Life with diabetes is challenging under any circumstance, but imagine what it would be like if you didn’t have access to syringes, or any test strips, or, for that matter, insulin. It might sound like a rhetorical question, since we all know the answer — at best, you’d develop serious complications, and at worst, you’d die — but that situation is a reality for many kids around the world. (According to Fran Kaufman, MD, diabetes advocate extraordinaire, the death rate for kids with Type 1 in Haiti reaches an astounding 80 percent in the first year after diagnosis.) That’s why a bunch of diabetes advocates have joined together to create the Spare a Rose, Save a Child campaign (for the 2nd year in a row!) to try to channel some of our collective Valentine’s Day love into helping kids who need it the most.
The basic idea: instead of buying your sweetheart a full bouquet of flowers, you donate the price of one rose (or several, if you’re up for it!) to the International Diabetes Federation’s Life for a Child program. They take that money and use it to pay for insulin, blood glucose testing supplies, diabetes education and clinical care for children in need.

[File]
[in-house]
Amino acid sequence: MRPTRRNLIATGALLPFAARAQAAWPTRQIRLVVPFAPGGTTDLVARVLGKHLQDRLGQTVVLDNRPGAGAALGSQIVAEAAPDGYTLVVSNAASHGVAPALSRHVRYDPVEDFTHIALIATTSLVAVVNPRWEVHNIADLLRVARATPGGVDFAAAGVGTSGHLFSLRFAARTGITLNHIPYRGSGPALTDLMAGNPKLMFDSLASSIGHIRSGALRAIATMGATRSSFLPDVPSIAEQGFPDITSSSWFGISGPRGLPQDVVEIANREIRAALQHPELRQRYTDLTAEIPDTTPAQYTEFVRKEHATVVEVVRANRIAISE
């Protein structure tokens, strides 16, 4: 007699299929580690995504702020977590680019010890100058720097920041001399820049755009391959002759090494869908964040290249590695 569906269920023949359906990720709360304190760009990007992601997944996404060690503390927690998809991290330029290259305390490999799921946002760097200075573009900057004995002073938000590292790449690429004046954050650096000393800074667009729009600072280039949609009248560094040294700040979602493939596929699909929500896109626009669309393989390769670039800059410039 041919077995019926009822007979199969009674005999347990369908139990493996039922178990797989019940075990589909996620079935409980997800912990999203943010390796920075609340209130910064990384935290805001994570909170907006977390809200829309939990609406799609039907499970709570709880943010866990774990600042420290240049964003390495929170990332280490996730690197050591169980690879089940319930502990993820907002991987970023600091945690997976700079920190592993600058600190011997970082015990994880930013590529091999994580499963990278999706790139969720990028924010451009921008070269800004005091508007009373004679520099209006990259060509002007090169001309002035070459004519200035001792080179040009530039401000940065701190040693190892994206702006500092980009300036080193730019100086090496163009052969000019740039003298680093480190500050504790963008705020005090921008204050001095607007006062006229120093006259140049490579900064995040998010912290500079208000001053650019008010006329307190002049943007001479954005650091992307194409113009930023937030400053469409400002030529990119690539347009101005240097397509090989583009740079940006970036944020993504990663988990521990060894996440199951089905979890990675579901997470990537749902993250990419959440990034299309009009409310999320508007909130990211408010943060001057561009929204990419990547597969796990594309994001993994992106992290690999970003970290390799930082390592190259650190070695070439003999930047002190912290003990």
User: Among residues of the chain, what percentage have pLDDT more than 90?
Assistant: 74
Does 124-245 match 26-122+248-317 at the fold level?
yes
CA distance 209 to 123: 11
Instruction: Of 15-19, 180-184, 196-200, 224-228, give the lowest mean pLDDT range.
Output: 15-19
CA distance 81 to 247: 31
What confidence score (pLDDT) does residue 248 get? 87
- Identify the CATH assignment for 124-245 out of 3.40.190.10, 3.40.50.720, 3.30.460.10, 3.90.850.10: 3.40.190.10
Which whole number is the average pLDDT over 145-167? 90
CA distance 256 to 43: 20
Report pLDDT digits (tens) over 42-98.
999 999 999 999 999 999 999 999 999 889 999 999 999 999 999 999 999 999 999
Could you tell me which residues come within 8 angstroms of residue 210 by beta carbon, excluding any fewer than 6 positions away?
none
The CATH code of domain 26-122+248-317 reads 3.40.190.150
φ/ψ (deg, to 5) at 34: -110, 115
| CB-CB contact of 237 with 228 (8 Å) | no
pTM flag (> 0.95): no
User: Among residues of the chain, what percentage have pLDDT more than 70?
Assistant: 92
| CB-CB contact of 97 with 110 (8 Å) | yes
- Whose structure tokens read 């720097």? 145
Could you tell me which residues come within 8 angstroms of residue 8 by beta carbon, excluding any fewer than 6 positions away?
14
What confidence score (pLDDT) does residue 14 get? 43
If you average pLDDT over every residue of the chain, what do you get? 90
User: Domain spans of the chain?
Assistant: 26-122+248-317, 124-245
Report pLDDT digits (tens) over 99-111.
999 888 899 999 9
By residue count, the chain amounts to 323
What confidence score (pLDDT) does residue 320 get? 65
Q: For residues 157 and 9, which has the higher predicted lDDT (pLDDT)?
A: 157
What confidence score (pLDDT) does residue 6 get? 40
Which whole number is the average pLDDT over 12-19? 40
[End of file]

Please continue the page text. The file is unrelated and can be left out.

A single rose ($5) can help support a child for a month.
As I write, the campaign is up to more than
$14,000 $19,000 (!!) — a truly astounding achievement for such a grassroots initiative. We’re trying to reach at least $20,000. Will you help make this Valentine’s Day make a difference?
More information about the initiative at SpareARose. And you can read another account of why this is important (from blogger Melissa Lee) here.
Please tweet, retweet, Facebook, email, and whatever else you can do to spread the word — and happy Valentine’s day to you all!
If you need any more convincing that this is a big deal, check out this (heart-breaking) trailer for the Life for a Child documentary, “In the Hearts of Africa”:
Thanks Catherine. This is such a magic community effort love you being a part.
For all of us on the east coast. Spare a Rose is a beautiful Valentine’s Day that doesn’t require going out in this week’s storm of the century.